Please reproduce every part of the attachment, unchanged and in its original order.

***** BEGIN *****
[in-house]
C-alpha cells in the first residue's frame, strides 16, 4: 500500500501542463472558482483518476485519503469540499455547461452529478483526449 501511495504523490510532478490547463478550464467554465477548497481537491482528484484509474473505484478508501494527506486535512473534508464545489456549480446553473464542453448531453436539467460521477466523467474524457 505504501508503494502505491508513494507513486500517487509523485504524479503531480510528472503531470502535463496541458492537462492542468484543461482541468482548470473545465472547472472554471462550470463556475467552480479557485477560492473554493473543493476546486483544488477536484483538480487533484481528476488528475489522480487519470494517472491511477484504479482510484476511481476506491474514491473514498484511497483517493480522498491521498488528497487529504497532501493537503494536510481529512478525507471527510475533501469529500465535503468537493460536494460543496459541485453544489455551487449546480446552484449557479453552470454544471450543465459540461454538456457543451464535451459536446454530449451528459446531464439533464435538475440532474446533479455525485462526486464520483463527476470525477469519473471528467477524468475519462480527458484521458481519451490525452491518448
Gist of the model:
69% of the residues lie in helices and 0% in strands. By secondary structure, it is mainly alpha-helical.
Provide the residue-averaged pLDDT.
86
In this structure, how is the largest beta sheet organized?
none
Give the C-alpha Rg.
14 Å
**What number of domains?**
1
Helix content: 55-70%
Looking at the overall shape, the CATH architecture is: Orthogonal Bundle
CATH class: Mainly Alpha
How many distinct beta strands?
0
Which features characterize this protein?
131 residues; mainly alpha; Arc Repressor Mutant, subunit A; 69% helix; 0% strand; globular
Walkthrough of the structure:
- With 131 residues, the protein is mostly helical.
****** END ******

[in-house]
C-alpha cells in the first residue's frame, strides 16, 4: 500500500501542463472558482483518476485519503469540499455547461452529478483526449 501511495504523490510532478490547463478550464467554465477548497481537491482528484484509474473505484478508501494527506486535512473534508464545489456549480446553473464542453448531453436539467460521477466523467474524457 505504501508503494502505491508513494507513486500517487509523485504524479503531480510528472503531470502535463496541458492537462492542468484543461482541468482548470473545465472547472472554471462550470463556475467552480479557485477560492473554493473543493476546486483544488477536484483538480487533484481528476488528475489522480487519470494517472491511477484504479482510484476511481476506491474514491473514498484511497483517493480522498491521498488528497487529504497532501493537503494536510481529512478525507471527510475533501469529500465535503468537493460536494460543496459541485453544489455551487449546480446552484449557479453552470454544471450543465459540461454538456457543451464535451459536446454530449451528459446531464439533464435538475440532474446533479455525485462526486464520483463527476470525477469519473471528467477524468475519462480527458484521458481519451490525452491518448
Gist of the model:
69% of the residues lie in helices and 0% in strands. By secondary structure, it is mainly alpha-helical.
Provide the residue-averaged pLDDT.
86
In this structure, how is the largest beta sheet organized?
none
Give the C-alpha Rg.
14 Å
**What number of domains?**
1
Helix content: 55-70%
Looking at the overall shape, the CATH architecture is: Orthogonal Bundle
CATH class: Mainly Alpha
How many distinct beta strands?
0
Which features characterize this protein?
131 residues; mainly alpha; Arc Repressor Mutant, subunit A; 69% helix; 0% strand; globular
Walkthrough of the structure:
- With 131 residues, the protein is mostly helical.